By Kenneth Jones
03 Jul 2012
For the record, don't expect the famous special effects from the 1973 film to be recreated on stage. Young Regan MacNeil's head will not twist around on her shoulders, but the creators of this new look at the creepy classic have said they plan to put the demon's physical form on stage.
As previously reported, The Exorcist has Broadway producers Ben Sprecher and Sonia Friedman attached for a possible commercial future. Opening night in Los Angeles is July 11, after which reviews will indicate the intense story's trajectory.
Richard Chamberlain plays an aging priest in the world-premiere staging. There is no official announcement of a Broadway move, but, for now, it would seem that The Exorcist has serious commercial potential: Shields and the title are box-office names, and supporting players Harry Groener, Manoel Felciano, Stephen Bogardus and David Wilson Barnes — and Tony Award-winning director John Doyle (Sweeney Todd, Company) — have lots of cred in the New York critical community. To say nothing of illusionist Teller (of Penn and Teller) creating effects for the production.
Pielemeier said of the novel, "I've always been fascinated by crises of faith. And I've always been fascinated by crises with children. This is the perfect combination." Read the recent Playbill magazine interview with Pielmeier.
In the new production (not based on the 1973 horror film, but on its 1971 source novel), Shields (The Addams Family, Wonderful Town) and Chamberlain (My Fair Lady, The Sound of Music) play Chris MacNeil and Father Merrin, respectively; Barnes (Becky Shaw, The Big Meal) is troubled young priest Father Damien Karras; Tony Award nominee Harry Groener (Crazy for You, Oklahoma!, Cats) is director Burke Dennings; UCLA School of Theater, Film and Television graduate Emily Yetter plays the young Regan MacNeil, who is possessed by the devil; Tony nominee Bogardus (Falsettos, High Society) is Dr. Strong; Felciano (Sweeney Todd, A.C.T.) is Father Joe; Tom Nelis is Dr. Klein; and Roslyn Ruff is Carla.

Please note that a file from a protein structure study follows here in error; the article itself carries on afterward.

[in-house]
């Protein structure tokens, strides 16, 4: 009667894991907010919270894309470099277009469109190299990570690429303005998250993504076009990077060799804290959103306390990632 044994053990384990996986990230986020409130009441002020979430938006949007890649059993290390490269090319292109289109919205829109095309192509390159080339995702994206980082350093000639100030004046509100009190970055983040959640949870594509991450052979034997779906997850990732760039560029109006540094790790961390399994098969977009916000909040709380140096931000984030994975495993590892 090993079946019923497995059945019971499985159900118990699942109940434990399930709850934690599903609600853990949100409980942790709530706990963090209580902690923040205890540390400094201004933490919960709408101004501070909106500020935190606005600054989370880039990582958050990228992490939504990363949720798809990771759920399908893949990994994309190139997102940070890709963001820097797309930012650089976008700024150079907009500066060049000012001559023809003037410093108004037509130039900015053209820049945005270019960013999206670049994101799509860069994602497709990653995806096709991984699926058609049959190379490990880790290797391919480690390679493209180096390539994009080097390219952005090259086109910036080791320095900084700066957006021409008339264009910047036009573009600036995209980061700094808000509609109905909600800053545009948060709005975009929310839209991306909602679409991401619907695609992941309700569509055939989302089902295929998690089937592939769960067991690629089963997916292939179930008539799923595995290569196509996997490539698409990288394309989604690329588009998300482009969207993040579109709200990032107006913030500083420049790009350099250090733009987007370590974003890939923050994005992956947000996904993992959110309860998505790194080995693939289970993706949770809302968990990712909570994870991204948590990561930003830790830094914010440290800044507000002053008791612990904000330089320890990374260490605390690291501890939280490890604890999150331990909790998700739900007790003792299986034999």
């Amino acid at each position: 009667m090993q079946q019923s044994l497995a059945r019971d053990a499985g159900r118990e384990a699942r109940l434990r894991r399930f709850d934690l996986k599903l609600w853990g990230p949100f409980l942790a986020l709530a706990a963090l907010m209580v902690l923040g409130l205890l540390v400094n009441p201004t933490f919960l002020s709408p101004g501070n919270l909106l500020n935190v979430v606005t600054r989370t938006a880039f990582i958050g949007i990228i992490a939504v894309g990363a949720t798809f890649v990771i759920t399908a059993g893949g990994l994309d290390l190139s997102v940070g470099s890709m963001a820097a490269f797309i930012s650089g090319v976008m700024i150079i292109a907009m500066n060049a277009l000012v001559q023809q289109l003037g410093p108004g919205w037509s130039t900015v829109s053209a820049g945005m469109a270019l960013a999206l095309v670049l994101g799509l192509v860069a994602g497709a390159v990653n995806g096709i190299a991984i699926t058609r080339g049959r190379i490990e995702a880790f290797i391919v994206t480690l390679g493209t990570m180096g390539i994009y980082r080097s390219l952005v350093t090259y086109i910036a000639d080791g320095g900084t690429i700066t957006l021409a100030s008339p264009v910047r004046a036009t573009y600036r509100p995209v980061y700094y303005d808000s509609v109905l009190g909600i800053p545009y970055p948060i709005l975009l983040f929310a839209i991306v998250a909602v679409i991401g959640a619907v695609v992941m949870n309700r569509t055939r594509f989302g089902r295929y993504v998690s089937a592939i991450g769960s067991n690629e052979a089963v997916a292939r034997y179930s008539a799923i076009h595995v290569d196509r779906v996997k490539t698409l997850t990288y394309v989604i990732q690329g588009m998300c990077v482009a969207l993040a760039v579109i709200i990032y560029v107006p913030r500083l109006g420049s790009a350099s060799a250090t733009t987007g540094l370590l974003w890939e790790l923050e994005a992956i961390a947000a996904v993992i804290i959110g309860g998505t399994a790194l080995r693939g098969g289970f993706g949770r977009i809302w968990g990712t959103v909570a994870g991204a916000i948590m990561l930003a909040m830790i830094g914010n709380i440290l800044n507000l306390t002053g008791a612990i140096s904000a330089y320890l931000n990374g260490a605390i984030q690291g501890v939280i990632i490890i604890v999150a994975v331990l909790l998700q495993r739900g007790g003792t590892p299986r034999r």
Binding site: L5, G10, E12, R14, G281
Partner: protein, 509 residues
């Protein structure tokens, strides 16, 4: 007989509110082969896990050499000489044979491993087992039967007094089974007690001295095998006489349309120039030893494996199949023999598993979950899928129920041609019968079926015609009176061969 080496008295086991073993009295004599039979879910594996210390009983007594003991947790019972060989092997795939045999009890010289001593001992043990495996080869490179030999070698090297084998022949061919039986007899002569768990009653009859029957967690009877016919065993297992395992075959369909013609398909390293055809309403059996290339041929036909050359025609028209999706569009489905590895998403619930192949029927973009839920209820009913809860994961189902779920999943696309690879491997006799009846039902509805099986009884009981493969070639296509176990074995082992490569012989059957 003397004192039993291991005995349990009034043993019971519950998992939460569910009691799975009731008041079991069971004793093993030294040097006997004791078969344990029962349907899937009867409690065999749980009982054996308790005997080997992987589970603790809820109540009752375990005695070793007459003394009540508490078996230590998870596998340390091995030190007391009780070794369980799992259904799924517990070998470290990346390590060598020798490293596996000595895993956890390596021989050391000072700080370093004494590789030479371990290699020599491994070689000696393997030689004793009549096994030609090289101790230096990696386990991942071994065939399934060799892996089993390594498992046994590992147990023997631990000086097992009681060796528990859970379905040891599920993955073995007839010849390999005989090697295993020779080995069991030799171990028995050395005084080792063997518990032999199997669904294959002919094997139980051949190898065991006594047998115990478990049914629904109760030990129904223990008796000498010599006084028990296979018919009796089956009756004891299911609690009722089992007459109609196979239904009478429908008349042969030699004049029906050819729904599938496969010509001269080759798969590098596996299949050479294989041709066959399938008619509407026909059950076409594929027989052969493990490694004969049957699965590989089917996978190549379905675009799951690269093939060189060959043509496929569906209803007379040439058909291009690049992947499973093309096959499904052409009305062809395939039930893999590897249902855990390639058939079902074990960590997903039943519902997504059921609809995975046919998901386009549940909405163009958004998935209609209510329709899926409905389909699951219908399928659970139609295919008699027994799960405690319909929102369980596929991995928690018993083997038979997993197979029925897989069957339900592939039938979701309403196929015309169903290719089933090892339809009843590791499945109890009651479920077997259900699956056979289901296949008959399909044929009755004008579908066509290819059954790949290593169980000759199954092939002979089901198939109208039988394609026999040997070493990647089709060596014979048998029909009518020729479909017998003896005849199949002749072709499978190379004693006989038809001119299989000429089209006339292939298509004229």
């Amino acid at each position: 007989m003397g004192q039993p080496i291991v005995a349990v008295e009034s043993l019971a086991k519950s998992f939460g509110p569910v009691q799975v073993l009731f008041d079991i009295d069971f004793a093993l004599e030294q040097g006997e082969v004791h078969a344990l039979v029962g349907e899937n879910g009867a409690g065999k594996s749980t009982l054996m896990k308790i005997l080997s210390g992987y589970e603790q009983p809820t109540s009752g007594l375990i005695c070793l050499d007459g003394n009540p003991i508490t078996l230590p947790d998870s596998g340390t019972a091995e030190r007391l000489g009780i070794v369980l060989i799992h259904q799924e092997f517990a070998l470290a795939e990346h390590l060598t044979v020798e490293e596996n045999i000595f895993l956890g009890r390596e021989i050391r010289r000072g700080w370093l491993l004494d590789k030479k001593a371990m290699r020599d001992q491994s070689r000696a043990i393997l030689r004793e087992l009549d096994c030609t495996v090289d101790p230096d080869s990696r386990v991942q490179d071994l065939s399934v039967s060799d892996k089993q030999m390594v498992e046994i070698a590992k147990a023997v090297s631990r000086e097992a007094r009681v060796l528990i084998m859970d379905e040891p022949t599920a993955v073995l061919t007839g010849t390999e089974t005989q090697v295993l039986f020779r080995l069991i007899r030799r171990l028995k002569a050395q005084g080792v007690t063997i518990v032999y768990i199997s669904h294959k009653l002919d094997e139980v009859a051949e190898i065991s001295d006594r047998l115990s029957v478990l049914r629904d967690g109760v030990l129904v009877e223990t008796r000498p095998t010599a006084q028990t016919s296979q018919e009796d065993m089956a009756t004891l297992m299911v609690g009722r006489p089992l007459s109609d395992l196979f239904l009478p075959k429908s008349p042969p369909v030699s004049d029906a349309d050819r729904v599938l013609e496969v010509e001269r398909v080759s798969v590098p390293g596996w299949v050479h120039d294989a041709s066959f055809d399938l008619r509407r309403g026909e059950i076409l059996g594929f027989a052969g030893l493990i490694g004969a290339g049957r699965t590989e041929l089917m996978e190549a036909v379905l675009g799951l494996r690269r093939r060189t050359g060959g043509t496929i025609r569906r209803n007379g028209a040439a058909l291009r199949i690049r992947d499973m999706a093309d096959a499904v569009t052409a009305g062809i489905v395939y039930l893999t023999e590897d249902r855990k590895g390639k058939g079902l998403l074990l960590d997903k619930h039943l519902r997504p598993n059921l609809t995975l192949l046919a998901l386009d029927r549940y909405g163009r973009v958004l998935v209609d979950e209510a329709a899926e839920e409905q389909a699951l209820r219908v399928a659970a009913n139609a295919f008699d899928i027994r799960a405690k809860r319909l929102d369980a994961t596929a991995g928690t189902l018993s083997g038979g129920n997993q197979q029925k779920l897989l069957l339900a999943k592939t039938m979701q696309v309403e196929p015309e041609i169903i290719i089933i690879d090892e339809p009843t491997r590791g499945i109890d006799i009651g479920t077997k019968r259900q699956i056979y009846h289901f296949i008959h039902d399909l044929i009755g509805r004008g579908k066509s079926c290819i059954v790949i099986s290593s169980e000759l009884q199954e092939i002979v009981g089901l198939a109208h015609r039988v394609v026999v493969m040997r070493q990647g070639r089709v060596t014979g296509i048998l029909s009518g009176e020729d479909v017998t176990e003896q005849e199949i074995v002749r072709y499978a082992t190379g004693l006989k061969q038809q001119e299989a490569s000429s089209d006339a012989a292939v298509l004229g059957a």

According to Geffen notes, expect a work that "transforms the unsettling battles of good versus evil, faith versus fact and ego versus ethos into a uniquely theatrical experience as sophisticated as it is suspenseful."
"The story of the battle between faith and evil needed no spinning heads or green vomit," said playwright Pielmeier, in a statement. "The horror should unfold instead on a simple set with an incredible cast (which we absolutely have), and the central conflict between doubting Father Karras and the demon should be a series of debates, in which the young girl possessed is the least of the figures present."
In addition to Teller, whose work with Penn Gillette has been seen on Broadway (Penn & Teller: The Refrigerator Tour, Penn & Teller) and Off-Broadway (Penn & Teller Rot in Hell), on television and in venues around the world, the production has also enlisted spiritual-music composer Sir John Tavener (read more at johntavener.com).
Performances continue to Aug. 12 in the Geffen's Gil Cates Theater.
For more information, visit geffenplayhouse.com.